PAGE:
Economically furloughed, united in spirit, we stare through open windows, front porches and balconies, and out the windows of speeding cars. We accept the universal invitation to breathe differently.
Inhale. Now exhale with hope for a cleaner world.
Like everything “unprecedented” we’re in the longest stretch of clean air since WWII according to the EPA. The YMCA is closed.
Like many of us, I walk. Fat F*ck Frank is leashed. Shawn has a camera. I have poop bags. Most nights we circumnavigate Seattle’s famed Seward Park where old growth forests, open woodlands, and shorelines beckon hundreds of species of birds including owls, hummingbirds, woodpeckers, and bald eagles.
We see social distancing there refined to a high art as thundering walking hordes participate and public parks remain open. Imagine a city park an allegory for urban sprawl. Some are suggesting parks remain open 24 hours to stagger our new pastime. Patsy, Walking After Midnight.
As a management consultant and PR executive, I’ve been needled for selling “air” for a living. Now, as a bonafide walker, I’m working on being a better listener. I’m also chanting as we speak. Chanting until I feel great.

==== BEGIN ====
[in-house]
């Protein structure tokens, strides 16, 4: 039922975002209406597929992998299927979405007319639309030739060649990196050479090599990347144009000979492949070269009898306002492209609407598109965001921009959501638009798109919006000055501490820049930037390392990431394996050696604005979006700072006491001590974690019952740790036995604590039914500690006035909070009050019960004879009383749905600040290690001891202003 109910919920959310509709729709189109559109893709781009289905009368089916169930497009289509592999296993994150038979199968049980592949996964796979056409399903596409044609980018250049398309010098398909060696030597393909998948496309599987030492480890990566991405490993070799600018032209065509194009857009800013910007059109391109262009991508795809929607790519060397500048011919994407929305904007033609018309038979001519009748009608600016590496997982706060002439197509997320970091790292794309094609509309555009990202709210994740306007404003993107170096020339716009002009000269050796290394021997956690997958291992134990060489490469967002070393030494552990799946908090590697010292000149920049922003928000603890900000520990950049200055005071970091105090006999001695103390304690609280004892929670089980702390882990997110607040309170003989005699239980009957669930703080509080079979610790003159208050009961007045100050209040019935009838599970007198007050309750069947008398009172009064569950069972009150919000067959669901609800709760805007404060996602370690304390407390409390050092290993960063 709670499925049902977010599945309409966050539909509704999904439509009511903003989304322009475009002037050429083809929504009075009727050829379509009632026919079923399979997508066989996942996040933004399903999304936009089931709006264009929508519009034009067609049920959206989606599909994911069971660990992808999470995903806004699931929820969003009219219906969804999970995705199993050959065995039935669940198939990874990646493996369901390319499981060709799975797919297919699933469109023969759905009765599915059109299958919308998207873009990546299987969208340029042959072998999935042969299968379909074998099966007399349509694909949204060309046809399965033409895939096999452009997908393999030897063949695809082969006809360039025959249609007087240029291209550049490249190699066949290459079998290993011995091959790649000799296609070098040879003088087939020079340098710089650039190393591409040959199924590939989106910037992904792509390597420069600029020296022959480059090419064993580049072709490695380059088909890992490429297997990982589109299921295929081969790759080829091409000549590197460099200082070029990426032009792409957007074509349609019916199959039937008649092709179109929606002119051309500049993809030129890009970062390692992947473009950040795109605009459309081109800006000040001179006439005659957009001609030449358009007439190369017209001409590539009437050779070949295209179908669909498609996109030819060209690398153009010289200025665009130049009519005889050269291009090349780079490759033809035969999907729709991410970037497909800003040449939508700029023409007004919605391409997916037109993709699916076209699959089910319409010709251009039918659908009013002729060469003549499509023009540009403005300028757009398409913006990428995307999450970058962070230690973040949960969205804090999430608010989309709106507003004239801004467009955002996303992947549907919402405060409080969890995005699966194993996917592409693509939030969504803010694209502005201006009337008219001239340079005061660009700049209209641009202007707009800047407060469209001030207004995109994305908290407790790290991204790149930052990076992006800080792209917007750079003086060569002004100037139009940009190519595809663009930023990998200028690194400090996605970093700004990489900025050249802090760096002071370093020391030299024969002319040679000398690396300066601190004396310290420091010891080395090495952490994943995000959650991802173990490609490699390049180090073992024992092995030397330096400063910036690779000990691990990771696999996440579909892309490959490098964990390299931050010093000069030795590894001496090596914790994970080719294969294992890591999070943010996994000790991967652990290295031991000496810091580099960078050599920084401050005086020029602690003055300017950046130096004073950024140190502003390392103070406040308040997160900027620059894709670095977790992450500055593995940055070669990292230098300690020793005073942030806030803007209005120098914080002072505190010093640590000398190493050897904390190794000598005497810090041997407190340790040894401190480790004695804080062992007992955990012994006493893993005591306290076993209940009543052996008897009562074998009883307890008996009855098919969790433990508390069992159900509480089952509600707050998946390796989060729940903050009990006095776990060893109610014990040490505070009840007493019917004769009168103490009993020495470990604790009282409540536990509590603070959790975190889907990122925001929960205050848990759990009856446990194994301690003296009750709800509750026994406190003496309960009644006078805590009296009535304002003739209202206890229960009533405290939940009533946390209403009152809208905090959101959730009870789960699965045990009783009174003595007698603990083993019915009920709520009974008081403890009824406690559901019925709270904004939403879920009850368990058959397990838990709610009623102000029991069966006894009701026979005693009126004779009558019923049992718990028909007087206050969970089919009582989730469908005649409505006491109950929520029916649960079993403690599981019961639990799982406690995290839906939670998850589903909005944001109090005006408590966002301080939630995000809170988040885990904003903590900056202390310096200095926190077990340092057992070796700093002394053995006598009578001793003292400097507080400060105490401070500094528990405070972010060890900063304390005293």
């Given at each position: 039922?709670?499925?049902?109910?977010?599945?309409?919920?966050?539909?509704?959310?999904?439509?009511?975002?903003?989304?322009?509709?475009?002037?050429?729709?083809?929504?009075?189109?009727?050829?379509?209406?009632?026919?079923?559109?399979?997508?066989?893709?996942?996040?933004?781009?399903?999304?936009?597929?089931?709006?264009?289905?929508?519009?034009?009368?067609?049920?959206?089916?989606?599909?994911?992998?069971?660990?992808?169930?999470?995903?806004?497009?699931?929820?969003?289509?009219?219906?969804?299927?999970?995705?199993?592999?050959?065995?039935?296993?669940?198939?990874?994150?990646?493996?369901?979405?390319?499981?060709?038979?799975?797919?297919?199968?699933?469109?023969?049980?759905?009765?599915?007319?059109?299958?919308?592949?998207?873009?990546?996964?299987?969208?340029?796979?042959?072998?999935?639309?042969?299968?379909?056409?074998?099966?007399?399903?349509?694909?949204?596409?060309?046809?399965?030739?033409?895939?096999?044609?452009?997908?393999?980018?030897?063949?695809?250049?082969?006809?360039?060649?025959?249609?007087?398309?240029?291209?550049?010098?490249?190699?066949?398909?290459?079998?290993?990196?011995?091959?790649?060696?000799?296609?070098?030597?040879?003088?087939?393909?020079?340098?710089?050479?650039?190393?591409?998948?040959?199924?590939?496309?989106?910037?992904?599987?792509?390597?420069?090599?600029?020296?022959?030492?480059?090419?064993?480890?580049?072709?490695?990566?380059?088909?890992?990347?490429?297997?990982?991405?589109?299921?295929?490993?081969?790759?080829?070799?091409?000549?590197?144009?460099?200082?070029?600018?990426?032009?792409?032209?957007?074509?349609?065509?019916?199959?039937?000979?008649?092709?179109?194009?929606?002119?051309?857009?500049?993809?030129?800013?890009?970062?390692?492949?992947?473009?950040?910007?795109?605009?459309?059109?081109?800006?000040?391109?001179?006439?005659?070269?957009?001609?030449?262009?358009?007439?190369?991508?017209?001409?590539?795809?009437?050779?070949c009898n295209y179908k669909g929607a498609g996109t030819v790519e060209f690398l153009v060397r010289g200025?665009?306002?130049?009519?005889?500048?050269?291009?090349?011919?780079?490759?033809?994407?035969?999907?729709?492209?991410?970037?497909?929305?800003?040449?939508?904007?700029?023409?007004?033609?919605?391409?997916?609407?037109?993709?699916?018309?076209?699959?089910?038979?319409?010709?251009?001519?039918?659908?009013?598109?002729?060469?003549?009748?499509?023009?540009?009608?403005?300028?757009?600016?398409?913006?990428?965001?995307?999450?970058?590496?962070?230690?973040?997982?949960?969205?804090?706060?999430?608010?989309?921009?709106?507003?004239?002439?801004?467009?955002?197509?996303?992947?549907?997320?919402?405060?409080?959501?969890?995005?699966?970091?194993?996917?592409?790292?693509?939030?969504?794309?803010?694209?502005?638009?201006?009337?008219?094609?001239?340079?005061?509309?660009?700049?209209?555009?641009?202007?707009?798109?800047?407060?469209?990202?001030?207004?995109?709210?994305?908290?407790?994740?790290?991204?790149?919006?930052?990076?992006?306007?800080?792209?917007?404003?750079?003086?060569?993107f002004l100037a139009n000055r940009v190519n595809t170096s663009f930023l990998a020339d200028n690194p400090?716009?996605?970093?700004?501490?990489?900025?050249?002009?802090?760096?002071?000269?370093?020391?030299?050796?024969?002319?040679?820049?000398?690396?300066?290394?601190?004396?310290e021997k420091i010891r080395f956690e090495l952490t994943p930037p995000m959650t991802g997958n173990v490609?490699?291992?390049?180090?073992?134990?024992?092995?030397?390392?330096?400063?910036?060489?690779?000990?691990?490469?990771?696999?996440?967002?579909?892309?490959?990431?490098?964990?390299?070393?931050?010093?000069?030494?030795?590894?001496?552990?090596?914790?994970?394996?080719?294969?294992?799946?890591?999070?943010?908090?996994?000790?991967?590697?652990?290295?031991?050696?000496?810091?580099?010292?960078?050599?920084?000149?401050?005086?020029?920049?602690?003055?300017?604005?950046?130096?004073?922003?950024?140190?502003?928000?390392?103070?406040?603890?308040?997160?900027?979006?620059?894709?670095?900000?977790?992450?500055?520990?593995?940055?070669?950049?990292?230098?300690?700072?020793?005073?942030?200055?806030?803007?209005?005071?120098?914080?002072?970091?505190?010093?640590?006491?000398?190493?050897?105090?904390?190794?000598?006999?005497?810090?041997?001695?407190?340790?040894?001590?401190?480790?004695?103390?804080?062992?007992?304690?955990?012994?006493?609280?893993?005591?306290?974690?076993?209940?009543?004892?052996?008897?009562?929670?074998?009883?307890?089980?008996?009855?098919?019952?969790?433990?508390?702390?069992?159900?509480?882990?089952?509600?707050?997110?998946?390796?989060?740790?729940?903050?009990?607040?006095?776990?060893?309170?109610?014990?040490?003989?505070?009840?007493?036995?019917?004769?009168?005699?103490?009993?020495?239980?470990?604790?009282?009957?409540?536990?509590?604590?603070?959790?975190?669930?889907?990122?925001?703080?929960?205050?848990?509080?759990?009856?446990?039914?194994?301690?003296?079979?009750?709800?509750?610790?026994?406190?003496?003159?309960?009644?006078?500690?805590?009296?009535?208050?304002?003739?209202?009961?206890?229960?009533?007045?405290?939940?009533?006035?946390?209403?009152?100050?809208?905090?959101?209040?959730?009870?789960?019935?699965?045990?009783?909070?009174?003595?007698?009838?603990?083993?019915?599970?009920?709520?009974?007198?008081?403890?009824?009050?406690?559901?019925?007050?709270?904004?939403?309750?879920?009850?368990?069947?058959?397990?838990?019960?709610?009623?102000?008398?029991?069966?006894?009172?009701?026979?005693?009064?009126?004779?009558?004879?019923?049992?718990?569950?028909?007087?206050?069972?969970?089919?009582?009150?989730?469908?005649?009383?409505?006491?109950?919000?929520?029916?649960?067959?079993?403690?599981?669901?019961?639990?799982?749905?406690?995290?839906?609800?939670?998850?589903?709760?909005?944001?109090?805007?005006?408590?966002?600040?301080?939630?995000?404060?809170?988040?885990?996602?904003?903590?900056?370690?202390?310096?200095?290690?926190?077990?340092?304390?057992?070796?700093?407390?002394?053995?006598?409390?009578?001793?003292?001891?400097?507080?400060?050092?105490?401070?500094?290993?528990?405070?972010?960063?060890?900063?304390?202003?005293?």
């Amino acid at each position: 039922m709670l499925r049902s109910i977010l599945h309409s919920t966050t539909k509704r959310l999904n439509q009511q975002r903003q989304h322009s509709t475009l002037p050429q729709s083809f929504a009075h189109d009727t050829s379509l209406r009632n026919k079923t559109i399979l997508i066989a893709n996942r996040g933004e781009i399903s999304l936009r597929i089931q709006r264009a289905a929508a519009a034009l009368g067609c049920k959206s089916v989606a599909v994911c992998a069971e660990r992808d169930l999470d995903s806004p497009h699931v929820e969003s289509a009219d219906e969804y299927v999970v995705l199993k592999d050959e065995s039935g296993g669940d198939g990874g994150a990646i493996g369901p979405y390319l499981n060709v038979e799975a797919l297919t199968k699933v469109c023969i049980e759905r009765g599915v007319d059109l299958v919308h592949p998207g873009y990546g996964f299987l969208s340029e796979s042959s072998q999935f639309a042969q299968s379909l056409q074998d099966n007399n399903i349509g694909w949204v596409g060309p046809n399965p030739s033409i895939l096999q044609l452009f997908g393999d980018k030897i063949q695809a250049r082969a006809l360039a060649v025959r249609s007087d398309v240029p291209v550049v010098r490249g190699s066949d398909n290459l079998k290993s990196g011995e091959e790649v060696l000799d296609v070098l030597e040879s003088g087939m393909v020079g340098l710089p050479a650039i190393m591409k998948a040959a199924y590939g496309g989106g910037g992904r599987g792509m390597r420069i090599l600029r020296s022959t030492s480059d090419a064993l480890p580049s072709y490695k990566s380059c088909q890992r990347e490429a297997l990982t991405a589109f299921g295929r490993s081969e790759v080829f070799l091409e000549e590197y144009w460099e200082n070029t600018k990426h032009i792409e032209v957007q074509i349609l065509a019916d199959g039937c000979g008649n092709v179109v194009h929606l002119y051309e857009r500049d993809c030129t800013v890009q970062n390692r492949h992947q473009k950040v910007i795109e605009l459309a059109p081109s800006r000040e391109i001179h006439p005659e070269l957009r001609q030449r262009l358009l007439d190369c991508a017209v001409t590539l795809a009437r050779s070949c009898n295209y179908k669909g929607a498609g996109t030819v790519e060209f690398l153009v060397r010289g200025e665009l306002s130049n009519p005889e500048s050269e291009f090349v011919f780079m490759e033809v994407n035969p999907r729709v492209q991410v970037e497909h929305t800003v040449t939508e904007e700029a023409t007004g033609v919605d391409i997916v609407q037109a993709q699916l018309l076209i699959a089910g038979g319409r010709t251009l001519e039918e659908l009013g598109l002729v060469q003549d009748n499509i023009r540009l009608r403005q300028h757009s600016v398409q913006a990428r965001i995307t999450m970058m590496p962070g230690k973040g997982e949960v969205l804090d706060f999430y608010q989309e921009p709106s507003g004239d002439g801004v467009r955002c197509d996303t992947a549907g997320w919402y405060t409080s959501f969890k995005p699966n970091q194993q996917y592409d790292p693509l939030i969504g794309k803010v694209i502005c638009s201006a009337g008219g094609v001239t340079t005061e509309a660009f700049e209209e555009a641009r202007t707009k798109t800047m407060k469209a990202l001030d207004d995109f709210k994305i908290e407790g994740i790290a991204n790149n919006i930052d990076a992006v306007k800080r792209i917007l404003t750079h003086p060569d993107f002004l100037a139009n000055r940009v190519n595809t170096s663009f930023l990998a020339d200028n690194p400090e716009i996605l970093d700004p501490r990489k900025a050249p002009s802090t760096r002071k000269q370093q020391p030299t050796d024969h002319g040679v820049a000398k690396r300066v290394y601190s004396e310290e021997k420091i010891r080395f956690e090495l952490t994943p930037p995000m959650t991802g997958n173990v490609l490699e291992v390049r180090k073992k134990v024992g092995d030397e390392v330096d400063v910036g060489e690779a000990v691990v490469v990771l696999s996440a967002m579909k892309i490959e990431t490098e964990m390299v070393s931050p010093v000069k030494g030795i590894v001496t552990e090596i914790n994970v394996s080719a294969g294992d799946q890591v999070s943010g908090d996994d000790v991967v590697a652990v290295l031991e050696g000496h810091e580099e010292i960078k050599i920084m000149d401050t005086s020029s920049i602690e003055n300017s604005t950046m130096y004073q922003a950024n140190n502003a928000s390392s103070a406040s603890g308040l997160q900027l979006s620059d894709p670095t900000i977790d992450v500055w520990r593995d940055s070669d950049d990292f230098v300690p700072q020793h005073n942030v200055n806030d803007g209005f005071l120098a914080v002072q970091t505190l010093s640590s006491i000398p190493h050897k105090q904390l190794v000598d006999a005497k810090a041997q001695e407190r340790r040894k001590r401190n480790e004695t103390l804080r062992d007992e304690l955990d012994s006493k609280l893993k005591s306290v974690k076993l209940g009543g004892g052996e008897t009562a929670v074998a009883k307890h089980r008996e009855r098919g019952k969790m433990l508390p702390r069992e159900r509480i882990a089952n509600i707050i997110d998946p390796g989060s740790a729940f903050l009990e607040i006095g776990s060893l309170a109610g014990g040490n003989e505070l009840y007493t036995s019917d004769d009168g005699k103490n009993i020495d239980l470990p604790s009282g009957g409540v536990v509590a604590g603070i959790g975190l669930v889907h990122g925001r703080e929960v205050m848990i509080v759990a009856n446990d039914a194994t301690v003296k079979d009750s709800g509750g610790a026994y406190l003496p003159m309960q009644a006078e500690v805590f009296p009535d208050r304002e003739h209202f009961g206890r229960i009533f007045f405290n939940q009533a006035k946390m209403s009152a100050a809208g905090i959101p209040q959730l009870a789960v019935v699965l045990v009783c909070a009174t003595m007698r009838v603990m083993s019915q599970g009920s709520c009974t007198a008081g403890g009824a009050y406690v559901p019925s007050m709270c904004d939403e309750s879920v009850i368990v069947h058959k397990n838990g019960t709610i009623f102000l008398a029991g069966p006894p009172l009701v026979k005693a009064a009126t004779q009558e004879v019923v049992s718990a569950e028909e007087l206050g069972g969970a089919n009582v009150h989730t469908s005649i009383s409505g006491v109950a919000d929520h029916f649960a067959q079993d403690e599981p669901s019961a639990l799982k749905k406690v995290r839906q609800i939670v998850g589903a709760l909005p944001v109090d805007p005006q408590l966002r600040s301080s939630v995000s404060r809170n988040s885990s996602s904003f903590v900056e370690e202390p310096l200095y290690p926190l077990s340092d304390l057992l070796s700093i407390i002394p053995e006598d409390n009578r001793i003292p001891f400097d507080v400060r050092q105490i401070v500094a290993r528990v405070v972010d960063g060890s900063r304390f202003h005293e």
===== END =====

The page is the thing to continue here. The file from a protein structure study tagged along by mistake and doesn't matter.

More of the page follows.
Hilariously mimed by Jennifer Saunders in Absolutely Fabulous, chanting and speaking is vastly more entertaining than spiritual awakening wrapped in catastrophe.
Today and perhaps far into the future it is possible to see nature as a living depiction of our own physical lives. Never has the experience of breathing oxygen been more profound. Never have we seen urban settings like these, where the act of embracing nature actually means that our lives are embraced by the environment.
Add rain to your clean air walk, even better. Breathing expiates Karma. I never was able to sit still for very long and focus on something as fundamental as breathing. I took Tai Chi and didn’t make it through my first class. Meditation in motion? Forget it. Then there was the time my friend Kim and I were expelled from Yoga for doing the Downward Dog inelegantly, but that’s another story.
Inhalation is a source of inspiration. When we breathe in, we say to ourselves with anticipation, “I am breathing in.”
Exhalation is a source of expiation. Breathing out, we tell ourselves we are letting go, “I am breathing out.”
As capitalism gets a world class makeover, consumerism is in for a spiritual blowout. Siddhartha famously said, “Illness gives rise to the way.” It turns out consumption isn’t just a pathology of the lungs. Obstacles are fuel. Quarantined but not defeated, we now see the consumption of material things confused, irrelevant. Less is finally more.
We’re headed for earth day. Maybe a longer quarantine. Though it’s easier to hold our lives in suspended animation, I choose to embrace the world as it is and wait for the changes to come. For me, right now, simply breathing is a joy we cannot miss.